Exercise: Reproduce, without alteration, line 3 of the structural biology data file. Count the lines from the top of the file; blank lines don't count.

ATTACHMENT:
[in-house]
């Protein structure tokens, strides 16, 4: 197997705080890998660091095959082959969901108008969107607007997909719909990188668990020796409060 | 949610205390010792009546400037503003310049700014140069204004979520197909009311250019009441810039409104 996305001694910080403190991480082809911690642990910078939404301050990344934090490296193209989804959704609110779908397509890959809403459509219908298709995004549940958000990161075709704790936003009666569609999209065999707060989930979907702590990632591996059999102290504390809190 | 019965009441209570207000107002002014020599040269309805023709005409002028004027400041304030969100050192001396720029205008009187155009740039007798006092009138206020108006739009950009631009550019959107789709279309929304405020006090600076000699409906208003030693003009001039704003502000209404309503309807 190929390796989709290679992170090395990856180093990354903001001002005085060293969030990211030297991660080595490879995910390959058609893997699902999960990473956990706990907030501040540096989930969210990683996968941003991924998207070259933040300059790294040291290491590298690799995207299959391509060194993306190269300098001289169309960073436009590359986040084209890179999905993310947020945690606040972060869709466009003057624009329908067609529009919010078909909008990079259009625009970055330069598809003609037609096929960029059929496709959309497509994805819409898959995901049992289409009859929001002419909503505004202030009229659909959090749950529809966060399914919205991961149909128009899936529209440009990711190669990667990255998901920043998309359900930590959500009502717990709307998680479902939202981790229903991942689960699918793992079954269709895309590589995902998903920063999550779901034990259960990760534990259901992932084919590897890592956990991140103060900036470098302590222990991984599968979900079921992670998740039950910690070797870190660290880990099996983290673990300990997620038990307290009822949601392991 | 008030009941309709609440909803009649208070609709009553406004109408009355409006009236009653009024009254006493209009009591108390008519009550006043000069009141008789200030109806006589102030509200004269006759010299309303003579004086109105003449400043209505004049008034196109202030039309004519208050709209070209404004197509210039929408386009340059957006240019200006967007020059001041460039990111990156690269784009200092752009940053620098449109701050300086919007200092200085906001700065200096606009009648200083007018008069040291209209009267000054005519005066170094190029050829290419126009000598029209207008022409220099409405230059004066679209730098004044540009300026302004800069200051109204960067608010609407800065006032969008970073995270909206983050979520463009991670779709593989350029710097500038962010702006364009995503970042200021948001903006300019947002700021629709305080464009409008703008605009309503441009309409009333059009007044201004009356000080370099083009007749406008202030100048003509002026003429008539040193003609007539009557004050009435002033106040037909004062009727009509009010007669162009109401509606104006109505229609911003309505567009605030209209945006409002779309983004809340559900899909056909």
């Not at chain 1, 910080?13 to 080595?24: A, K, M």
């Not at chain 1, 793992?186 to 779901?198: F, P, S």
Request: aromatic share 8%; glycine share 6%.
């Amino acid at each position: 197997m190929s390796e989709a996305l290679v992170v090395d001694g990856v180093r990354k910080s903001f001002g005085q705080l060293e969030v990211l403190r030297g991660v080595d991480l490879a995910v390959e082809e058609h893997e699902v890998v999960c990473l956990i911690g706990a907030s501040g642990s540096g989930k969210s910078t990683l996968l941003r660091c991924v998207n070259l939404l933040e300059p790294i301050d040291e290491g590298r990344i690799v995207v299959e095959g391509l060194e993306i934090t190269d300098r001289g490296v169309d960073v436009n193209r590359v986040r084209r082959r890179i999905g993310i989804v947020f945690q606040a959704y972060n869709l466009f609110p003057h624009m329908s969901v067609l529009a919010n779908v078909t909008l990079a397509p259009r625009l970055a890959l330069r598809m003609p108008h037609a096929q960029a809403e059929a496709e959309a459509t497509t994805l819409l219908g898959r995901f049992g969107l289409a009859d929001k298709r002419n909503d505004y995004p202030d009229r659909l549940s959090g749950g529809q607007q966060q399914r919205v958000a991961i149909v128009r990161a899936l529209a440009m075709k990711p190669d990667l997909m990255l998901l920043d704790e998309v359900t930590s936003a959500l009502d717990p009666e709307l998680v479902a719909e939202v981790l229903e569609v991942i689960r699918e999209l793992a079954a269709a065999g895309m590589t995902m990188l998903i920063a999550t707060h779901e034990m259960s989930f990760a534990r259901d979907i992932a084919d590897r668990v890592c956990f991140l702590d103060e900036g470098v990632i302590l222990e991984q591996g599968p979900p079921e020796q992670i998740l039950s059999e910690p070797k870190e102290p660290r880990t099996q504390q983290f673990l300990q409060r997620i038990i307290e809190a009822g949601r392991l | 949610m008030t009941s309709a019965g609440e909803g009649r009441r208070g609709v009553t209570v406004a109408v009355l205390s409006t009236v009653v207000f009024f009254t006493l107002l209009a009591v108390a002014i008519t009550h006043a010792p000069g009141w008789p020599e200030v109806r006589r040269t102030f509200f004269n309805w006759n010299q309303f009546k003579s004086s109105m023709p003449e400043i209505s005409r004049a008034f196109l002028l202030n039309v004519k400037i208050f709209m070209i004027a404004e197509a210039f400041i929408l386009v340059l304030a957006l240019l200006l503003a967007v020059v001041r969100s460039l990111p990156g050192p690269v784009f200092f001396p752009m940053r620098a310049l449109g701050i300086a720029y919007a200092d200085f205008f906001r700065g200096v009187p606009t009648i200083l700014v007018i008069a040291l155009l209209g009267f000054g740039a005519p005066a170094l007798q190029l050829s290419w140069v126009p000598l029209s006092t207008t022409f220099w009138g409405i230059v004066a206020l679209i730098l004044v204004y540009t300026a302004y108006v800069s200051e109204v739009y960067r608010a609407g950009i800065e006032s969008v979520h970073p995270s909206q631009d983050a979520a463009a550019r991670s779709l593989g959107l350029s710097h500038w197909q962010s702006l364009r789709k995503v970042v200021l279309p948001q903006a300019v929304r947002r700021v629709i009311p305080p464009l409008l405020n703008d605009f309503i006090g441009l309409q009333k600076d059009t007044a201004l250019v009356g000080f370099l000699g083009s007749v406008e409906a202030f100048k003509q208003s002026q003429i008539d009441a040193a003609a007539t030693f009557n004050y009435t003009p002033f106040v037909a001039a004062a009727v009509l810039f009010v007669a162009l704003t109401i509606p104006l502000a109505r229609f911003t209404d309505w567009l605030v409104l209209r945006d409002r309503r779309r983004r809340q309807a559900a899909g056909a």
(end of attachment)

């Not at chain 1, 910080?13 to 080595?24: A, K, M």